They thought marriage was a catastrophe but Sally later becomes Lady Rosseter and has five sons.

But even as Lady Rosseter she does not hide her feeling; and the implications of the kiss between the two women can be seen as a rebellion against the repressions of Victorian period, a breaking away to traditional ideals.

The kiss represent the “new era” or perhaps a hope for it.

Clarissa, then, begins mending her green silk dress for the evening when she receives an unexpected visit from Peter Walsh, her former suitor who was in love with her and probably still is.

Peter is middle-aged and fears he has wasted his life, so his insecurity makes him severely critical of other characters.

He detests Clarissa’s bourgeois  lifestyle and he blames her husband for making her into the kind of woman she is.

When Peter and Clarissa were young, he decided to propose to her but he was brutally refused.

Then he left the United Kingdom for India, in search of fortune and the possibility of becoming rich.

The relation between Peter and India shows to us the political situation of the Empire who seemed invincible throughout the nineteenth century.

Peter also becomes frantic at the thought of death –as also Clarissa does-; thoughts of death lurk constantly beneath the surface of everyday life in the novel and it is very naturally in the characters thoughts and for that there is an atmosphere which seems to come from a funeral song that celebrates death as a comfort after a difficult life: “Death was defiance. Death was an attempt to communicate; people feeling the impossibility of reaching the centre which, mystically, evaded them; closeness drew apart; rapture faded, one was alone. There was an embrace in death.”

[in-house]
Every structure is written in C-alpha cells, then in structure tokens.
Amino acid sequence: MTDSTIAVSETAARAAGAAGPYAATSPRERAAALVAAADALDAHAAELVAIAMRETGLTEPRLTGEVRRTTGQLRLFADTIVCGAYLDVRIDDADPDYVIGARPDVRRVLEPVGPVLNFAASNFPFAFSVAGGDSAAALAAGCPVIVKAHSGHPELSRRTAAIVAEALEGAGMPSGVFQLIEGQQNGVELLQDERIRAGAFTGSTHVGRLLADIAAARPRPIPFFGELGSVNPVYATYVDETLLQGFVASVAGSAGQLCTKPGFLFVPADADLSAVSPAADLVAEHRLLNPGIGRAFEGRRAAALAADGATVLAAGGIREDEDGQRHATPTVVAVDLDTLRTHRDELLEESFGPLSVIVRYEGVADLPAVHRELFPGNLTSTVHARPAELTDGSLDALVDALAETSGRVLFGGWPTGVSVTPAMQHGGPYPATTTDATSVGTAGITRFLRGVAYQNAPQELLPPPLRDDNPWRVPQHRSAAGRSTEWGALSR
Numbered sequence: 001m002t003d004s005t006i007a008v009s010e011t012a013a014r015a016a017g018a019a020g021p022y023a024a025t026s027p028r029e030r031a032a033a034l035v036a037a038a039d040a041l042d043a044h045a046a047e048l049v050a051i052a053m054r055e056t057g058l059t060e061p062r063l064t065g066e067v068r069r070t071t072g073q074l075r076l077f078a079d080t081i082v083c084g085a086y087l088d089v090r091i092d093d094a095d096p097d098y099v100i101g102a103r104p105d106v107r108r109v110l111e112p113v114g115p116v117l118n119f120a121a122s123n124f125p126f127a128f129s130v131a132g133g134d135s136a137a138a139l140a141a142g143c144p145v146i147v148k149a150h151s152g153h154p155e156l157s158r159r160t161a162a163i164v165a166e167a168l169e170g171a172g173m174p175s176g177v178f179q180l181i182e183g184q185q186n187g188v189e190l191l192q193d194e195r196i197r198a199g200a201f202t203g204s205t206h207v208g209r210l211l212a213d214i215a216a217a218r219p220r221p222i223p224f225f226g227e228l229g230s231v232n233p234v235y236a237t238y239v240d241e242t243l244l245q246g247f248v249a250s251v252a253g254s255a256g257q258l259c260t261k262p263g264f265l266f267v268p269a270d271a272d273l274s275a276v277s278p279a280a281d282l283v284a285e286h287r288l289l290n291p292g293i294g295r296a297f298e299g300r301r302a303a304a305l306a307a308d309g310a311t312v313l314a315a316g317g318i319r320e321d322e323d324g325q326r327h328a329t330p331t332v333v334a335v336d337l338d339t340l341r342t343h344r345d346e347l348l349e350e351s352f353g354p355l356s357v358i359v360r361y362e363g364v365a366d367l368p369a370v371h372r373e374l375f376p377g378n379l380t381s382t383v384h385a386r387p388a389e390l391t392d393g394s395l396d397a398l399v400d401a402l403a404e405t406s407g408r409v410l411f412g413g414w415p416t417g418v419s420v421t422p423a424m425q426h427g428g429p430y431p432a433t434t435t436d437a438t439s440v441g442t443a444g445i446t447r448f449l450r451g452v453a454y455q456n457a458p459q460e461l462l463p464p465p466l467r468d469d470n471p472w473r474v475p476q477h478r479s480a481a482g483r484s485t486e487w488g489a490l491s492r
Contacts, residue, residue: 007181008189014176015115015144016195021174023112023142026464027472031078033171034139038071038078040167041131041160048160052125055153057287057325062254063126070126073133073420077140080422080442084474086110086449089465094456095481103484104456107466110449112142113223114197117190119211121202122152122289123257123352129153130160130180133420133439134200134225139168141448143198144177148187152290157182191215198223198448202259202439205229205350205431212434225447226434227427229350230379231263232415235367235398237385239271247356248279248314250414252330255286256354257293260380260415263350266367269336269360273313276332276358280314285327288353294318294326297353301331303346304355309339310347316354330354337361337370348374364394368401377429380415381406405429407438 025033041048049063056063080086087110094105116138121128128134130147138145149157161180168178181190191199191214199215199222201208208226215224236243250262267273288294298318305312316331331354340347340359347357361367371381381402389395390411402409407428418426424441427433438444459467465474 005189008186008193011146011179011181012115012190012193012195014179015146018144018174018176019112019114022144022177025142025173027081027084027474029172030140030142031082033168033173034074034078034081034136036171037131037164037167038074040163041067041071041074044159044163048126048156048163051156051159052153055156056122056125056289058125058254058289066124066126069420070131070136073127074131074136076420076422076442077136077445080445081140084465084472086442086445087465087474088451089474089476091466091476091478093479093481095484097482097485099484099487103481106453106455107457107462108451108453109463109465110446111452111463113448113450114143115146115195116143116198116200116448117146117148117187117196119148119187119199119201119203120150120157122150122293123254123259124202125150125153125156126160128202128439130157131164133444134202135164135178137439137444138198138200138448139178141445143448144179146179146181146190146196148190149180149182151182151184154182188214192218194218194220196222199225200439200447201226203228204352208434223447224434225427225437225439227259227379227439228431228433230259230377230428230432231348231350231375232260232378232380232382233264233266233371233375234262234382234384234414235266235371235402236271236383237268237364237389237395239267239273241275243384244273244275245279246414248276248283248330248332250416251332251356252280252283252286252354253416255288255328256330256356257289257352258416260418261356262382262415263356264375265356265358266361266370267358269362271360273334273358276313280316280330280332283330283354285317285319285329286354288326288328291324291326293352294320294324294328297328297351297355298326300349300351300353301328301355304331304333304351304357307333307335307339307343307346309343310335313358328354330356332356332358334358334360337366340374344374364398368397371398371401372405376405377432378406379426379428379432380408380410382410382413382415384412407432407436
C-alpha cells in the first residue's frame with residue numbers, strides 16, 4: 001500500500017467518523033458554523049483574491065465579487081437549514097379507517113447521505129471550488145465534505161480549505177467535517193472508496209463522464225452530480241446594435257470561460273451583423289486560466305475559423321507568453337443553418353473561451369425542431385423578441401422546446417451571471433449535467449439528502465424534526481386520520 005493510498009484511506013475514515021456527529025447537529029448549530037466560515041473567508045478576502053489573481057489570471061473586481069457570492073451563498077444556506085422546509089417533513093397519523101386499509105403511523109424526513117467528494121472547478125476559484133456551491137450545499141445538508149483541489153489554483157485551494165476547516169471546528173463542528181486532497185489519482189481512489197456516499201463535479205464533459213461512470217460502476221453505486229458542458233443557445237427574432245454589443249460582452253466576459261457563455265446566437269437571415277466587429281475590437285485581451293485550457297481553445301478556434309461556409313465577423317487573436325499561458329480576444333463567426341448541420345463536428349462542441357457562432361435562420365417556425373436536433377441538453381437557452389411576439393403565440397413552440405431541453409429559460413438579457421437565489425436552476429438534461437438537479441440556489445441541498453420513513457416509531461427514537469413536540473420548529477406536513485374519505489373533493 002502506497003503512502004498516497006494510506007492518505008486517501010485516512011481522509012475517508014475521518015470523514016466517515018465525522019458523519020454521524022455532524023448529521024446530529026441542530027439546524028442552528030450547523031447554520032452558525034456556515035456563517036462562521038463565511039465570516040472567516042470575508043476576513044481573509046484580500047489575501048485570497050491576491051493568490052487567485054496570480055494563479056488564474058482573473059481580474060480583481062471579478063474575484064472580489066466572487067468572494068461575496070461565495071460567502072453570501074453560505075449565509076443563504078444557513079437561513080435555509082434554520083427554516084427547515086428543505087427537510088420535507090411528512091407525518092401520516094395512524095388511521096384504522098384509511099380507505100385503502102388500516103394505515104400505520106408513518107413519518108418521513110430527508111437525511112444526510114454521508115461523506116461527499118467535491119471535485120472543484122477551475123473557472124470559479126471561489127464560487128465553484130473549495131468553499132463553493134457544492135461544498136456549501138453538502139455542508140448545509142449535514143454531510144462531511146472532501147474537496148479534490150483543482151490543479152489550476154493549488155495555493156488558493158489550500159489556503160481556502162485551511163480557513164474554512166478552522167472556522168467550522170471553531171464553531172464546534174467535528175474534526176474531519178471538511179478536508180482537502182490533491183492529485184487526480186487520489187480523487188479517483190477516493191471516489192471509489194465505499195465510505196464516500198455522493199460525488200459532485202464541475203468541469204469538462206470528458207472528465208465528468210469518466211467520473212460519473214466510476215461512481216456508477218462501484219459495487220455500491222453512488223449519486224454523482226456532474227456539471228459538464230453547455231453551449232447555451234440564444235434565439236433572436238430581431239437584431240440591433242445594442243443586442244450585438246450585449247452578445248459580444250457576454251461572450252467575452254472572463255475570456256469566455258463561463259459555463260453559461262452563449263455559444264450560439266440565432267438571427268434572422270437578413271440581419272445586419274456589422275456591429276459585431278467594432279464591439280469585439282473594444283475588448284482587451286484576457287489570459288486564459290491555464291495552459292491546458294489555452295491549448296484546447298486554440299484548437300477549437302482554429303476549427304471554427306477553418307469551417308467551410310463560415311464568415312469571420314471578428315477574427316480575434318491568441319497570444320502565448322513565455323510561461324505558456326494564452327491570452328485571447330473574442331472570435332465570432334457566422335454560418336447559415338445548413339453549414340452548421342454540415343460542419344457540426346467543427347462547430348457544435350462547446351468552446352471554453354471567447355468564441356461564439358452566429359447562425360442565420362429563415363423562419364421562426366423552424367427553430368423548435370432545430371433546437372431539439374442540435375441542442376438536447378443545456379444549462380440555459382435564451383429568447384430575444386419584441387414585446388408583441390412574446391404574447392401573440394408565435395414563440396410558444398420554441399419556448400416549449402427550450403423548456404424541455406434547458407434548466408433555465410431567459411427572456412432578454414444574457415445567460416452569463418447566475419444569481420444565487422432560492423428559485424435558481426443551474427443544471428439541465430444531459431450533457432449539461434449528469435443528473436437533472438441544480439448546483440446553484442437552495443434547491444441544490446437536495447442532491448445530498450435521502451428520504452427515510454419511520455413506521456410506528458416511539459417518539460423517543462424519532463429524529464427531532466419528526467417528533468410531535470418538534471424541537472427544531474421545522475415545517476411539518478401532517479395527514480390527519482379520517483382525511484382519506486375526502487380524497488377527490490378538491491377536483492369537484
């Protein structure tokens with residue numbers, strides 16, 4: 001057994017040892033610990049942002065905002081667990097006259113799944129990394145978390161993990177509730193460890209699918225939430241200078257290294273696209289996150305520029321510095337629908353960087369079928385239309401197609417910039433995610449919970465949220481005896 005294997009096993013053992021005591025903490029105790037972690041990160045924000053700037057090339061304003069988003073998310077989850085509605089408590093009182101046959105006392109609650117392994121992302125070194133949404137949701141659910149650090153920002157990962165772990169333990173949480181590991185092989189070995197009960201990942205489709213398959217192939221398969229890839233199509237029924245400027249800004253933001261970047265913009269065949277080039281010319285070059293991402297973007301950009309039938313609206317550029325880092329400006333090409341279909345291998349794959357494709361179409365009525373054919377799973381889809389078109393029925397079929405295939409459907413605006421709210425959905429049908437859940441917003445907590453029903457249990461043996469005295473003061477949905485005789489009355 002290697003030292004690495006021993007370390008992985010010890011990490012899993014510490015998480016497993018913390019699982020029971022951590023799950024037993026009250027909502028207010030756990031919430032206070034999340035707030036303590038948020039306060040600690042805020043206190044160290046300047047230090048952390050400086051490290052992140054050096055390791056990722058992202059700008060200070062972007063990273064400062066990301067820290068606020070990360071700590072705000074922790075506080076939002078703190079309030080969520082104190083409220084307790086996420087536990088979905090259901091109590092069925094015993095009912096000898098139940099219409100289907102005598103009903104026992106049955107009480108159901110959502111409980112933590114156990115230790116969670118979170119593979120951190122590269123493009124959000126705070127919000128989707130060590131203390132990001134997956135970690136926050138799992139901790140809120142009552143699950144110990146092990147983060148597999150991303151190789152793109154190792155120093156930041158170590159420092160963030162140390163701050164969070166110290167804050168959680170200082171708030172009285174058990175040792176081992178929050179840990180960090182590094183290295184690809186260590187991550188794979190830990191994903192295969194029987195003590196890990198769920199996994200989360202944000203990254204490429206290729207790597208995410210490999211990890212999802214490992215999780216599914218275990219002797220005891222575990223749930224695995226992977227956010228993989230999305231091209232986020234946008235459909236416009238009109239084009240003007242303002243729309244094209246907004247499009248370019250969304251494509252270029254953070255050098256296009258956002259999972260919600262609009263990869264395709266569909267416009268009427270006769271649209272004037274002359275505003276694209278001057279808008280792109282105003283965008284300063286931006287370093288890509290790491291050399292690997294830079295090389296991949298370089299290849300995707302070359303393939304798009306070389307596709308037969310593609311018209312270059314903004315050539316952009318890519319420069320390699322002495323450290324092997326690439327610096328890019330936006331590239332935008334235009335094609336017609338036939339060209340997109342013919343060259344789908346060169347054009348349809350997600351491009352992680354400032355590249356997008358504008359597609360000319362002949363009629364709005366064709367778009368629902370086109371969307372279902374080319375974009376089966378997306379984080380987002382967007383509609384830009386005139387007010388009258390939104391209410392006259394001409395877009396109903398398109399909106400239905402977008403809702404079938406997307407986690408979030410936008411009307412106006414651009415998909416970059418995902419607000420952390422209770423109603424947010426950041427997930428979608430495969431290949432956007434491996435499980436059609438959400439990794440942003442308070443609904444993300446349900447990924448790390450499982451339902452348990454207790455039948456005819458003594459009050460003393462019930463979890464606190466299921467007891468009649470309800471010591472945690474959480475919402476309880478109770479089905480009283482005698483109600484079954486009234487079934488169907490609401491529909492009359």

Meanwhile, the second storyline begins with Septimus Warren Smith, a veteran of World War I .

He is a thirty years old man afflicted by shell shock, a serious mental disorderas a consequence of the war.

He lives in an internal world, wherein he sees and hears things that aren’t really there and he talks  and has hallucinations  of his dead friend Evan, who was his superior during his military service. Very shocked by the events of the war, he starts to feel a deep sense of guilt towards the world, that considers him a respectable person even as he despises himself for being made numb by the war, and towards his wife Lucrezia , that he married without loving her.  His doctor has ordered him to  notice things outside himself, but Septimus has removed himself from the physical world.

The world outside of Septimus is threatening, and the way Septimus sees that world offers little hope.

Oppression is a constant threat for Clarissa and Septimus in Mrs. Dalloway, and it comes in many guises, including religion, science, or social convention a particular theme of the Victorian period.

Traditional English society itself is a kind of tide, pulling under those people not strong enough to stand on their own.

Everyone is in some way complicit in the oppression of others.

It is important to notice that the character of Septimus is not directly linked with Clarissa’s one but they both know Lord Bradshaw, one of the guest of the party.

So  on the surface, Septimus seems quite dissimilar to Clarissa, but he embodies many characteristics that Clarissa shares and thinks in much the same way she does. He could almost be her double in the novel.

Septimus and Clarissa both have beak-noses, love Shakespeare, and fear oppression. More important, as Clarissa’s double, Septimus offers a contrast between the conscious struggle of a working-class veteran and the blind opulence of the upper class.

Septimus chooses to escape his problems by killing himself, a dramatic and tragic gesture jumping from a balcony.

The great variety of character who act in the novel give to the reader a multifaceted version of the same event but through different perspectives.

In this way Virginia Woolf introduced a new technical innovation –the shift of the point of view-with the abolition of the traditional omniscient narrator.

We also can say that the two storylines create two levels of narration:

One of the external events arranged a chronological order (to prepare a party from morning to evening), and the other one is the flux of thoughts arranged according to the association of ideas (the characters stories).